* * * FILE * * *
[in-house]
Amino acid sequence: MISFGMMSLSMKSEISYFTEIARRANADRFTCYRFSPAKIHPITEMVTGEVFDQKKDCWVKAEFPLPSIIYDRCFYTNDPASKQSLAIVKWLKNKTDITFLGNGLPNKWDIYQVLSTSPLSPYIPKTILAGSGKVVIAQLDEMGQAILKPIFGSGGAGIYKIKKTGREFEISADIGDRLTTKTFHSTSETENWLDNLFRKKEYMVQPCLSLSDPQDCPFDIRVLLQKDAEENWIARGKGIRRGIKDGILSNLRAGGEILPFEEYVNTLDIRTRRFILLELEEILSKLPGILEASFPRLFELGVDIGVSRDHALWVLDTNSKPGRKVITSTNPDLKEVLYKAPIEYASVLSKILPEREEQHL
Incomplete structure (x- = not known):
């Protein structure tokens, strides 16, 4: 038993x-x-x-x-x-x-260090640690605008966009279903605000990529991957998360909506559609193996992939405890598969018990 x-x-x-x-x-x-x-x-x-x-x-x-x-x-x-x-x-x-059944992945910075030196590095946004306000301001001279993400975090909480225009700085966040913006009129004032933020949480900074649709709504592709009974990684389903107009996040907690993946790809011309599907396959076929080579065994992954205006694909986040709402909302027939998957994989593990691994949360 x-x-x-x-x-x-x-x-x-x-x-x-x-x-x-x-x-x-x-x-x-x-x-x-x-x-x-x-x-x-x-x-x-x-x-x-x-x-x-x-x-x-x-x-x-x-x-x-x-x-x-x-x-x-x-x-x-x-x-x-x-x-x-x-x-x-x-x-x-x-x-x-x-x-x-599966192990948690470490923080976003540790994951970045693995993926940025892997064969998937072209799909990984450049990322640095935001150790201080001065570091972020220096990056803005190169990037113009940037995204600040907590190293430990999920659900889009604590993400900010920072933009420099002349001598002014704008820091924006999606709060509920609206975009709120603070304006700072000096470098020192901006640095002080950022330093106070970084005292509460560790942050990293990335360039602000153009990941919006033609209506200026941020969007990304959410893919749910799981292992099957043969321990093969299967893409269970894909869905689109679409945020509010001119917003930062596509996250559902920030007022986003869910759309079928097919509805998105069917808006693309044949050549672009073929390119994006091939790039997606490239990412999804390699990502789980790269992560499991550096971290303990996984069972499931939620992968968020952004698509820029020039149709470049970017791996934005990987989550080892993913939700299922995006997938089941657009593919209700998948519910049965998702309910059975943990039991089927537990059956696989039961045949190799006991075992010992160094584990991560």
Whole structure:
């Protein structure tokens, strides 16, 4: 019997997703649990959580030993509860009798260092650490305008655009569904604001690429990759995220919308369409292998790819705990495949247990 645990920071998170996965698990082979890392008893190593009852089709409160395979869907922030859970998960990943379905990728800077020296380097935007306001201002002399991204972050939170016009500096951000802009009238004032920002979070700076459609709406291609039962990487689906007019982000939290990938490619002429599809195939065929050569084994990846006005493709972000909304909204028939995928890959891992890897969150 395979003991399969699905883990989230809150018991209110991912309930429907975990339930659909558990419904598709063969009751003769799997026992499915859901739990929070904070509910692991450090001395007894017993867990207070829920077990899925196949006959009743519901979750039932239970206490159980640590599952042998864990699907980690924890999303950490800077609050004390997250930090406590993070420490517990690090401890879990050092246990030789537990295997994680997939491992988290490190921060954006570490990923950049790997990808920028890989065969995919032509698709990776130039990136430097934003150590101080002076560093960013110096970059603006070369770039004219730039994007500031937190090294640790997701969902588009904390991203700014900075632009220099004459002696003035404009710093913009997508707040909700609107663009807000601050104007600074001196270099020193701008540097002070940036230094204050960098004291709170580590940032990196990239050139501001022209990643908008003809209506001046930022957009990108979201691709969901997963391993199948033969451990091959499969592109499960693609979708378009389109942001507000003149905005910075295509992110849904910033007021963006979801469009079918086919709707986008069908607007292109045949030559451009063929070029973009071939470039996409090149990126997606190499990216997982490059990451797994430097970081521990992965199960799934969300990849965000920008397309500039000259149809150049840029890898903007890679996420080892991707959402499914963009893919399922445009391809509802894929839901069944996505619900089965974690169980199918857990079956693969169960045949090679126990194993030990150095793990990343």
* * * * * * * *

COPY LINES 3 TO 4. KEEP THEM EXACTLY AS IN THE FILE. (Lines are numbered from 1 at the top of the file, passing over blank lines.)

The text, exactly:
Incomplete structure (x- = not known):
């Protein structure tokens, strides 16, 4: 038993x-x-x-x-x-x-260090640690605008966009279903605000990529991957998360909506559609193996992939405890598969018990 x-x-x-x-x-x-x-x-x-x-x-x-x-x-x-x-x-x-059944992945910075030196590095946004306000301001001279993400975090909480225009700085966040913006009129004032933020949480900074649709709504592709009974990684389903107009996040907690993946790809011309599907396959076929080579065994992954205006694909986040709402909302027939998957994989593990691994949360 x-x-x-x-x-x-x-x-x-x-x-x-x-x-x-x-x-x-x-x-x-x-x-x-x-x-x-x-x-x-x-x-x-x-x-x-x-x-x-x-x-x-x-x-x-x-x-x-x-x-x-x-x-x-x-x-x-x-x-x-x-x-x-x-x-x-x-x-x-x-x-x-x-x-x-599966192990948690470490923080976003540790994951970045693995993926940025892997064969998937072209799909990984450049990322640095935001150790201080001065570091972020220096990056803005190169990037113009940037995204600040907590190293430990999920659900889009604590993400900010920072933009420099002349001598002014704008820091924006999606709060509920609206975009709120603070304006700072000096470098020192901006640095002080950022330093106070970084005292509460560790942050990293990335360039602000153009990941919006033609209506200026941020969007990304959410893919749910799981292992099957043969321990093969299967893409269970894909869905689109679409945020509010001119917003930062596509996250559902920030007022986003869910759309079928097919509805998105069917808006693309044949050549672009073929390119994006091939790039997606490239990412999804390699990502789980790269992560499991550096971290303990996984069972499931939620992968968020952004698509820029020039149709470049970017791996934005990987989550080892993913939700299922995006997938089941657009593919209700998948519910049965998702309910059975943990039991089927537990059956696989039961045949190799006991075992010992160094584990991560």